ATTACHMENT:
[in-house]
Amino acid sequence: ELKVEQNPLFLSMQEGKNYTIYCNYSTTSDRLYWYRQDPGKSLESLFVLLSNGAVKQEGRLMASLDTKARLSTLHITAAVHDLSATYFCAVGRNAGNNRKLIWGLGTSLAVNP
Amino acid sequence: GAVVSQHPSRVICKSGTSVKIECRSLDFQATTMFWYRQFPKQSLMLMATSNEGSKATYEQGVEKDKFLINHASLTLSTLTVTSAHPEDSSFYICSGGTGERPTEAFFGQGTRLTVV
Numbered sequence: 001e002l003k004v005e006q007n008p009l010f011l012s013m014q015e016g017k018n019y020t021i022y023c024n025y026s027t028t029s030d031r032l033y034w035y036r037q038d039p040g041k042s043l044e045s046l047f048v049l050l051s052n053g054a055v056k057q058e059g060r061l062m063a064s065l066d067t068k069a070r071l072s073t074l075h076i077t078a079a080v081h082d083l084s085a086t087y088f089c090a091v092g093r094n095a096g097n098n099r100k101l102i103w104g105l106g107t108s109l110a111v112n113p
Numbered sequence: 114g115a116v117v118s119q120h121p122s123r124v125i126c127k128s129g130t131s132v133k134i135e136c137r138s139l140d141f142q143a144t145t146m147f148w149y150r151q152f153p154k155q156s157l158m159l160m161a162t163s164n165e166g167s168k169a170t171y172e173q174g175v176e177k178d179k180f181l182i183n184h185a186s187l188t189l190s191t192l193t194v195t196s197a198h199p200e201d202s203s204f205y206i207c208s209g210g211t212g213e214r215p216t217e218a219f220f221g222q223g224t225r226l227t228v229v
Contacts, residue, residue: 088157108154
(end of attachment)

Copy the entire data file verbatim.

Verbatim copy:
[in-house]
Amino acid sequence: ELKVEQNPLFLSMQEGKNYTIYCNYSTTSDRLYWYRQDPGKSLESLFVLLSNGAVKQEGRLMASLDTKARLSTLHITAAVHDLSATYFCAVGRNAGNNRKLIWGLGTSLAVNP
Amino acid sequence: GAVVSQHPSRVICKSGTSVKIECRSLDFQATTMFWYRQFPKQSLMLMATSNEGSKATYEQGVEKDKFLINHASLTLSTLTVTSAHPEDSSFYICSGGTGERPTEAFFGQGTRLTVV
Numbered sequence: 001e002l003k004v005e006q007n008p009l010f011l012s013m014q015e016g017k018n019y020t021i022y023c024n025y026s027t028t029s030d031r032l033y034w035y036r037q038d039p040g041k042s043l044e045s046l047f048v049l050l051s052n053g054a055v056k057q058e059g060r061l062m063a064s065l066d067t068k069a070r071l072s073t074l075h076i077t078a079a080v081h082d083l084s085a086t087y088f089c090a091v092g093r094n095a096g097n098n099r100k101l102i103w104g105l106g107t108s109l110a111v112n113p
Numbered sequence: 114g115a116v117v118s119q120h121p122s123r124v125i126c127k128s129g130t131s132v133k134i135e136c137r138s139l140d141f142q143a144t145t146m147f148w149y150r151q152f153p154k155q156s157l158m159l160m161a162t163s164n165e166g167s168k169a170t171y172e173q174g175v176e177k178d179k180f181l182i183n184h185a186s187l188t189l190s191t192l193t194v195t196s197a198h199p200e201d202s203s204f205y206i207c208s209g210g211t212g213e214r215p216t217e218a219f220f221g222q223g224t225r226l227t228v229v
Contacts, residue, residue: 088157108154